Property tax protection for county’s elderly and retired

Published 10:59 am Tuesday, April 9, 2024

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To the Editor:

In the past 10 years or so land values in Carter County have skyrocketed, thus leading to much higher property taxes. A pending reassessment will mean an additional increase. This has been a large burden on the longtime residents of this area, especially the retired/elderly. For instance, the tax burden for a typical house in Elizabethton since 2020 has gone from $173/month to $227/month while one in the Butler area has gone from $87/month to $134/month ($2,025 to $2,725 and $1,046 to $1,606 per year). By people living longer, they have many more years of paying taxes; i.e., a larger part of their life is spent paying taxes. The sad part is that they are living longer as retirees on a fixed income. During the longer retired years on a fixed income inflation eats into their lifestyle. The increase in property taxes and other tax increases over these extended years are also very detrimental to their standard of living. In many cases older persons are forced to move and/or live a substandard existence. Likewise it is often difficult for an older retiree to replace their car. The increase in medical costs also has a detrimental effect as retirees age. One area where relief can readily be implemented is relative to property taxes.

To compensate for this situation Property Tax Relief is needed. The Tennessee Legislature and perhaps the county commissions and the city councils should consider the following recommendation relative tax assessments. For persons that reach 65 years of age, their tax rate should be frozen at that year’s rate until they reach another milestone. At age 75 the frozen tax rate should be halved until they reach the next milestone. At age 80 to 85 all property taxes should end.

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For persons who have already met one or more of the milestones, their future tax rate should be adjusted to that of the year they reached one or more milestones. For instance if you reached 65 years of age in 2000, your future property taxes would be based on the values for the year 2000 until you reach another milestone; i.e., the adjusted rate would be halved at age 75 in year 2010, etc.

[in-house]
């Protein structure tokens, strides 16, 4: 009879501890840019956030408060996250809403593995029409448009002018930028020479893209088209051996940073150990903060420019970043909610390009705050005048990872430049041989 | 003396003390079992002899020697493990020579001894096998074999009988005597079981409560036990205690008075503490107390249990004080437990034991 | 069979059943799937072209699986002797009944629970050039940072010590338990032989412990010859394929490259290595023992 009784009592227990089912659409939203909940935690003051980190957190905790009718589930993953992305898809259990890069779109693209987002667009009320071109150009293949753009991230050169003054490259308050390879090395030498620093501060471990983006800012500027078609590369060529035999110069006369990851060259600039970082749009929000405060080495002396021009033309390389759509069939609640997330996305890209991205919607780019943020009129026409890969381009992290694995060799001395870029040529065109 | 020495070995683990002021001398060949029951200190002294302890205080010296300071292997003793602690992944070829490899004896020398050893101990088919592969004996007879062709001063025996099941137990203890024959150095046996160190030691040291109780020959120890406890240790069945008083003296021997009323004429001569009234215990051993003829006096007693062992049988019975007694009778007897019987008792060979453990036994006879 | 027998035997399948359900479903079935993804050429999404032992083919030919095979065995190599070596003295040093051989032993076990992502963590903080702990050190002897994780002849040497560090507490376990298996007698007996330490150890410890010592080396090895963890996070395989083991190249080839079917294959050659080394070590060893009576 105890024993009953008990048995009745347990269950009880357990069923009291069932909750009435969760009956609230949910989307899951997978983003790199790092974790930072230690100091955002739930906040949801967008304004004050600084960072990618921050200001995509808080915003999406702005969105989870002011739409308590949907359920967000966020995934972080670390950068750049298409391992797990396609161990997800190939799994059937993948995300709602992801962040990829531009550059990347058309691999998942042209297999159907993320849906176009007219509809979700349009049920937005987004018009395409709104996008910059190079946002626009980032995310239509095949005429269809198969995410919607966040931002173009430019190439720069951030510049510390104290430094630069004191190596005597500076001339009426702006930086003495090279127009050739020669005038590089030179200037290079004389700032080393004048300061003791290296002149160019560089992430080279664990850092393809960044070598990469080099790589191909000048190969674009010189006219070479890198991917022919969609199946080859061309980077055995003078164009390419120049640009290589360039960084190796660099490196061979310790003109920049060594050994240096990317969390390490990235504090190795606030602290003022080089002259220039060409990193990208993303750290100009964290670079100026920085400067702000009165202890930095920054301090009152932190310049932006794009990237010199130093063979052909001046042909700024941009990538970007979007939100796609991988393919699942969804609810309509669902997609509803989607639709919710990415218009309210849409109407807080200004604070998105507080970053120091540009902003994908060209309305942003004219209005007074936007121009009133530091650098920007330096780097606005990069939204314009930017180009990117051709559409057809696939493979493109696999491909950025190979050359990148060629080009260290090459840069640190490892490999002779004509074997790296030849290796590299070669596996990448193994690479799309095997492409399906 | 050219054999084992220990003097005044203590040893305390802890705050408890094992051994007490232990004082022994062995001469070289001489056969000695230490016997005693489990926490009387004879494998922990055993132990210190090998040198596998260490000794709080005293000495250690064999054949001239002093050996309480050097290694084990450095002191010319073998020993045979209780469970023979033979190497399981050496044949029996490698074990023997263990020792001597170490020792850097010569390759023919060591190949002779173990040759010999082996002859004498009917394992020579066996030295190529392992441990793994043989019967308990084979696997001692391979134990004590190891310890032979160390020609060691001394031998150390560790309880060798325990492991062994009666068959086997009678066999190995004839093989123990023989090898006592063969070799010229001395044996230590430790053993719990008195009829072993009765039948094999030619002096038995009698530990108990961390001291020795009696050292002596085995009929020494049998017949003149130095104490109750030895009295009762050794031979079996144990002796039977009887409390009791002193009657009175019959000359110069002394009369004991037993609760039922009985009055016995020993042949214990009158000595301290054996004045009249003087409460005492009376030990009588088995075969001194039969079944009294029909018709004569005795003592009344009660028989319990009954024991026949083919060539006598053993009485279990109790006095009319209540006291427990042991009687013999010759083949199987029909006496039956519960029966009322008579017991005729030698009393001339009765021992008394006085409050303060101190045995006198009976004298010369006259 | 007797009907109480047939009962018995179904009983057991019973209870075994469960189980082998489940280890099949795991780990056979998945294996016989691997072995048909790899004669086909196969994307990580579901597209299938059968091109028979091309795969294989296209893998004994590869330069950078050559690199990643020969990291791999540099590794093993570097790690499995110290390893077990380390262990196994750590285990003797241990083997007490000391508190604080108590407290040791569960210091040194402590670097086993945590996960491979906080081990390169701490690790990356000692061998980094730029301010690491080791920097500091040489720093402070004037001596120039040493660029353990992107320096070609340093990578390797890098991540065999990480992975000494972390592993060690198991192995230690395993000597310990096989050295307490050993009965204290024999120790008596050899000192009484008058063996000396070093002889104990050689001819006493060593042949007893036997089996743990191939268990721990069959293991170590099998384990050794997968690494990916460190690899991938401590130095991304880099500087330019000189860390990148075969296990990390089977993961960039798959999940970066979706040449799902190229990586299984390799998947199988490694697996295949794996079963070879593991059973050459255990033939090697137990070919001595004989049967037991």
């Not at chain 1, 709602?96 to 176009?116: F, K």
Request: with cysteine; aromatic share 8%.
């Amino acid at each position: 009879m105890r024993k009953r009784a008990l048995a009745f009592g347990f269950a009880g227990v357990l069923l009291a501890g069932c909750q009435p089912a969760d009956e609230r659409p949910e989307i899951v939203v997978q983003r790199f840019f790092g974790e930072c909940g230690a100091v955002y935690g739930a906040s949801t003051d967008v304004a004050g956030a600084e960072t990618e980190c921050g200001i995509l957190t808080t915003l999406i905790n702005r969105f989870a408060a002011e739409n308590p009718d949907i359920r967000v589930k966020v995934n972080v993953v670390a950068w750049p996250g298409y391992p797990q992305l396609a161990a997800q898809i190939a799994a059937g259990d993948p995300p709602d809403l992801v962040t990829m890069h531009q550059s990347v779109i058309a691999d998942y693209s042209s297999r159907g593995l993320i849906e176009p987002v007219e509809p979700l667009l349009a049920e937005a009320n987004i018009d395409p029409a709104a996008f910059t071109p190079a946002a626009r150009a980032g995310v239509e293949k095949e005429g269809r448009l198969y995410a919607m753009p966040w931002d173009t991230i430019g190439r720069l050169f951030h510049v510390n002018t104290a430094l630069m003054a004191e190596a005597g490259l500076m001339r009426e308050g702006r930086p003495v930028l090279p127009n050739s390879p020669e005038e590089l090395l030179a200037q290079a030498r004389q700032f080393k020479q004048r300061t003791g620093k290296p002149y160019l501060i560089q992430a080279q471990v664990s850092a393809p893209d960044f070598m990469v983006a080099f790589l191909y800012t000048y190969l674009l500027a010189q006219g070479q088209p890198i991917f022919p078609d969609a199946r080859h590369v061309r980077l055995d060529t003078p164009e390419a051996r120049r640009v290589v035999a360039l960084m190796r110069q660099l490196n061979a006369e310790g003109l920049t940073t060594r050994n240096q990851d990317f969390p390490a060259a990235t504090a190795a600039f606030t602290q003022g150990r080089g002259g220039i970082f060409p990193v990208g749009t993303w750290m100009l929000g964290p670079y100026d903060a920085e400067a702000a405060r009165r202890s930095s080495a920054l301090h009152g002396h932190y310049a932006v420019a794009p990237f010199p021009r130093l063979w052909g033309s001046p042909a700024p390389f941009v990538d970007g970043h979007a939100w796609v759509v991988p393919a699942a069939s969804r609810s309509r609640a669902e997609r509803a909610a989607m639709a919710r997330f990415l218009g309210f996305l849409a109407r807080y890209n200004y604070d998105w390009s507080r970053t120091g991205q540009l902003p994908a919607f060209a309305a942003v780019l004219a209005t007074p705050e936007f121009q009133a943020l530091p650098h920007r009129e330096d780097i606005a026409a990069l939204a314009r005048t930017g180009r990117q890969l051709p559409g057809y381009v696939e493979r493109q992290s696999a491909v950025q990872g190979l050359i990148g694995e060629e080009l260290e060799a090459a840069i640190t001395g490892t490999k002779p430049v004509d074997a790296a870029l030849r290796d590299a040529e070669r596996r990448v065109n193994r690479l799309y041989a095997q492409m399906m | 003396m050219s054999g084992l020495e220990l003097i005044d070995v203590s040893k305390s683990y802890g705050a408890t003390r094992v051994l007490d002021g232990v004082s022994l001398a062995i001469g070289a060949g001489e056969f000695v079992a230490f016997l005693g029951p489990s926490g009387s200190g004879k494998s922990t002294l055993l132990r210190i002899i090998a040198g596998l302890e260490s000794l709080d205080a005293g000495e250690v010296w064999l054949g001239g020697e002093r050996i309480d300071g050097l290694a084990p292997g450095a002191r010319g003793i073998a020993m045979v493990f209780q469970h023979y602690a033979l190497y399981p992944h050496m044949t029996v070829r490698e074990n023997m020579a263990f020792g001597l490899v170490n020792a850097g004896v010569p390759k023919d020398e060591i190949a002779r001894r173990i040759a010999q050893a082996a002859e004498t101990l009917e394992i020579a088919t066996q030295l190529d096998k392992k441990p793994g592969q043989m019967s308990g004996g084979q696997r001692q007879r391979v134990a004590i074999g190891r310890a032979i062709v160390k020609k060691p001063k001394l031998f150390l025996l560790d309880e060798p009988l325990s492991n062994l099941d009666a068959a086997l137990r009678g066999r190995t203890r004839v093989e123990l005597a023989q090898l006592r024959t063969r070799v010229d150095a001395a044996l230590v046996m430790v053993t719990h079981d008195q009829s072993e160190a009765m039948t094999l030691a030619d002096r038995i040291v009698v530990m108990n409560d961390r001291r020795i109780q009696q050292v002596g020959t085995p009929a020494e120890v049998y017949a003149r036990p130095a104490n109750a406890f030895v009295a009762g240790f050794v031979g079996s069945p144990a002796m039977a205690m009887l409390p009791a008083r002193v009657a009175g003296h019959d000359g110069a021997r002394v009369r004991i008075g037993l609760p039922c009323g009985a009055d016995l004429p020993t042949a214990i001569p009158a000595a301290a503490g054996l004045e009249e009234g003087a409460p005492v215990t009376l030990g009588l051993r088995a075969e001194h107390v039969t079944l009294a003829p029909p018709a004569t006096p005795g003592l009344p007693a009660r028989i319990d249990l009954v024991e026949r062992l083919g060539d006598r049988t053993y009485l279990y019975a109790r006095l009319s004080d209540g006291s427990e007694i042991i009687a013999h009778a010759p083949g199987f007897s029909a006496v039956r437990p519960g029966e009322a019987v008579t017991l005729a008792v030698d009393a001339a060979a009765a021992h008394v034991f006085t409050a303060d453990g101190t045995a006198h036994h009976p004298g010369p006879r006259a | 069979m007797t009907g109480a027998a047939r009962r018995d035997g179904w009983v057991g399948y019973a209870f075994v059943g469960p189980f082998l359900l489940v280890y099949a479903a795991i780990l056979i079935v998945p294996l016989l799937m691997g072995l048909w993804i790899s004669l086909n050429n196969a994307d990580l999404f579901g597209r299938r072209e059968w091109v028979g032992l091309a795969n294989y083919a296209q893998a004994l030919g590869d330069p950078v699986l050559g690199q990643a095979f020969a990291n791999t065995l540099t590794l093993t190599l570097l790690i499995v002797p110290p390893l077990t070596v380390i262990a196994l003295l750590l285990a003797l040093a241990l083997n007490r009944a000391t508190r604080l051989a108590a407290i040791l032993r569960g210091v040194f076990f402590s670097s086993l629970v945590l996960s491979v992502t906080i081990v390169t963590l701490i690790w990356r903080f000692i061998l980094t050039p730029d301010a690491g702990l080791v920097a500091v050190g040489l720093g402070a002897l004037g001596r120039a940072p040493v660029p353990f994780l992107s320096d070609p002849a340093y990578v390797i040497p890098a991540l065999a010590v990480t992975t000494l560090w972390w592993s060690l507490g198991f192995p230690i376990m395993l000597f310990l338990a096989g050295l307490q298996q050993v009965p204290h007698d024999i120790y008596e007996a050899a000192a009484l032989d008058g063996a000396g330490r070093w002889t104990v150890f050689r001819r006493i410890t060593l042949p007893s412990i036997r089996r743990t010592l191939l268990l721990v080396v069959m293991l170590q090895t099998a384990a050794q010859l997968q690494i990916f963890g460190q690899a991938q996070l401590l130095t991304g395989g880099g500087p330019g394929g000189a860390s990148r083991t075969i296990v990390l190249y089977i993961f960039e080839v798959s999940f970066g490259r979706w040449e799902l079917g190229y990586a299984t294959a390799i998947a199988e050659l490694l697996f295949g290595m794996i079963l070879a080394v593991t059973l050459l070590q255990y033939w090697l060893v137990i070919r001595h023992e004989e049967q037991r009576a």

One possible exception to this situation would be if the owner of the residents has one or more permanent residents whose yearly income exceeds $150,000 as adjusted for inflation then the full tax rate would still be applicable.

Some people may say that only the rich will benefit from this proposal. Well the rich don’t pay that much attention to taxes anyway. But there are thousands of elderly/retired persons in the middle and lower income brackets who would greatly benefit from this proposal. The government should take care of these elderly citizens most of all – is that not the real reason for government anyway?

Closing Comments: 1. It might be a good idea to have this recommendation added to the ballot this fall to get peoples’ opinion. 2. I have been retired since 1998 (26 years) with a relatively fixed income and I can assure you that inflation and the increased tax rates have eaten into my budget.


  1. Ronald Winter